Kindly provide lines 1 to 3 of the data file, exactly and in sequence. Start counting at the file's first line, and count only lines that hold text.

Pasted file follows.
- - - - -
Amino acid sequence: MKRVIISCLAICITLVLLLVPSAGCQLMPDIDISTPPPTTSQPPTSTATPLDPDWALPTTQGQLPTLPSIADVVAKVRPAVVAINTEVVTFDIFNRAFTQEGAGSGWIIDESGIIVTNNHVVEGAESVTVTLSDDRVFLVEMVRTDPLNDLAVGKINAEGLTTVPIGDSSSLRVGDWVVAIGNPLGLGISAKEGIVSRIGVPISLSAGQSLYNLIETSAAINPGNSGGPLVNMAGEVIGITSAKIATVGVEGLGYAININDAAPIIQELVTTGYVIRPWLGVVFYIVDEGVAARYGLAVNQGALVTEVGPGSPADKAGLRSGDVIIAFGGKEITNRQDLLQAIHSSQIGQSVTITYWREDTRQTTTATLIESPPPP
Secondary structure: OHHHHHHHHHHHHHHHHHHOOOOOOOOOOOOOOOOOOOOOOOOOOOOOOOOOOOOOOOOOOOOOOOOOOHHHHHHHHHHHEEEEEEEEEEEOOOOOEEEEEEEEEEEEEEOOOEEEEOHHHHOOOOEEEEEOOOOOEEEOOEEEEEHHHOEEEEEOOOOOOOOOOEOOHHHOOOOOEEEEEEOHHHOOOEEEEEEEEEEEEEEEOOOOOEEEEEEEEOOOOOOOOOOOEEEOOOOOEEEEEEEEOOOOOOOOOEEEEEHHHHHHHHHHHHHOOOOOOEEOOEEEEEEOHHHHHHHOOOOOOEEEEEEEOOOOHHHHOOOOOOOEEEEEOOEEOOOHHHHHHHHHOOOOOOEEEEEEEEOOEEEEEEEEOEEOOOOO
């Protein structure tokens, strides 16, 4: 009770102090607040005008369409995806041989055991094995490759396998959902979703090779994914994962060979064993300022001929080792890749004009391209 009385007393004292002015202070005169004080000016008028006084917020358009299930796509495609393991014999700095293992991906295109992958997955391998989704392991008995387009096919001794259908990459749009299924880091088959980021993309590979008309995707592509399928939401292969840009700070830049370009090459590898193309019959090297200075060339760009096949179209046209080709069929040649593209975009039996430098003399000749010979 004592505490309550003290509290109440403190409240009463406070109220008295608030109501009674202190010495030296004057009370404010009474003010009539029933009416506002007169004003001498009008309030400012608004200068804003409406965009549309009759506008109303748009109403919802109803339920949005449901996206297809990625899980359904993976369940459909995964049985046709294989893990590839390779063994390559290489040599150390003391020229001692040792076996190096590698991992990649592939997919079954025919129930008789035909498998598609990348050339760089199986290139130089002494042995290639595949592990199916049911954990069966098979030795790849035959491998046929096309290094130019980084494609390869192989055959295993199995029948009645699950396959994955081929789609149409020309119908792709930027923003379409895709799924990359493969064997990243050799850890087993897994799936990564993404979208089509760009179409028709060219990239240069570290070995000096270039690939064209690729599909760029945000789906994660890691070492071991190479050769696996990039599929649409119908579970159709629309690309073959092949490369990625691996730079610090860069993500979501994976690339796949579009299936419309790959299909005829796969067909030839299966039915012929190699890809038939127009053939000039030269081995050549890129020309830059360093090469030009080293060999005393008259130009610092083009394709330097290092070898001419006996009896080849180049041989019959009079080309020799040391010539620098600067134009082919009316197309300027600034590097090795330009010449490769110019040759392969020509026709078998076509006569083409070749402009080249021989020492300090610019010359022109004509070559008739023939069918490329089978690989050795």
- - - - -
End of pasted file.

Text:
Amino acid sequence: MKRVIISCLAICITLVLLLVPSAGCQLMPDIDISTPPPTTSQPPTSTATPLDPDWALPTTQGQLPTLPSIADVVAKVRPAVVAINTEVVTFDIFNRAFTQEGAGSGWIIDESGIIVTNNHVVEGAESVTVTLSDDRVFLVEMVRTDPLNDLAVGKINAEGLTTVPIGDSSSLRVGDWVVAIGNPLGLGISAKEGIVSRIGVPISLSAGQSLYNLIETSAAINPGNSGGPLVNMAGEVIGITSAKIATVGVEGLGYAININDAAPIIQELVTTGYVIRPWLGVVFYIVDEGVAARYGLAVNQGALVTEVGPGSPADKAGLRSGDVIIAFGGKEITNRQDLLQAIHSSQIGQSVTITYWREDTRQTTTATLIESPPPP
Secondary structure: OHHHHHHHHHHHHHHHHHHOOOOOOOOOOOOOOOOOOOOOOOOOOOOOOOOOOOOOOOOOOOOOOOOOOHHHHHHHHHHHEEEEEEEEEEEOOOOOEEEEEEEEEEEEEEOOOEEEEOHHHHOOOOEEEEEOOOOOEEEOOEEEEEHHHOEEEEEOOOOOOOOOOEOOHHHOOOOOEEEEEEOHHHOOOEEEEEEEEEEEEEEEOOOOOEEEEEEEEOOOOOOOOOOOEEEOOOOOEEEEEEEEOOOOOOOOOEEEEEHHHHHHHHHHHHHOOOOOOEEOOEEEEEEOHHHHHHHOOOOOOEEEEEEEOOOOHHHHOOOOOOOEEEEEOOEEOOOHHHHHHHHHOOOOOOEEEEEEEEOOEEEEEEEEOEEOOOOO
């Protein structure tokens, strides 16, 4: 009770102090607040005008369409995806041989055991094995490759396998959902979703090779994914994962060979064993300022001929080792890749004009391209 009385007393004292002015202070005169004080000016008028006084917020358009299930796509495609393991014999700095293992991906295109992958997955391998989704392991008995387009096919001794259908990459749009299924880091088959980021993309590979008309995707592509399928939401292969840009700070830049370009090459590898193309019959090297200075060339760009096949179209046209080709069929040649593209975009039996430098003399000749010979 004592505490309550003290509290109440403190409240009463406070109220008295608030109501009674202190010495030296004057009370404010009474003010009539029933009416506002007169004003001498009008309030400012608004200068804003409406965009549309009759506008109303748009109403919802109803339920949005449901996206297809990625899980359904993976369940459909995964049985046709294989893990590839390779063994390559290489040599150390003391020229001692040792076996190096590698991992990649592939997919079954025919129930008789035909498998598609990348050339760089199986290139130089002494042995290639595949592990199916049911954990069966098979030795790849035959491998046929096309290094130019980084494609390869192989055959295993199995029948009645699950396959994955081929789609149409020309119908792709930027923003379409895709799924990359493969064997990243050799850890087993897994799936990564993404979208089509760009179409028709060219990239240069570290070995000096270039690939064209690729599909760029945000789906994660890691070492071991190479050769696996990039599929649409119908579970159709629309690309073959092949490369990625691996730079610090860069993500979501994976690339796949579009299936419309790959299909005829796969067909030839299966039915012929190699890809038939127009053939000039030269081995050549890129020309830059360093090469030009080293060999005393008259130009610092083009394709330097290092070898001419006996009896080849180049041989019959009079080309020799040391010539620098600067134009082919009316197309300027600034590097090795330009010449490769110019040759392969020509026709078998076509006569083409070749402009080249021989020492300090610019010359022109004509070559008739023939069918490329089978690989050795």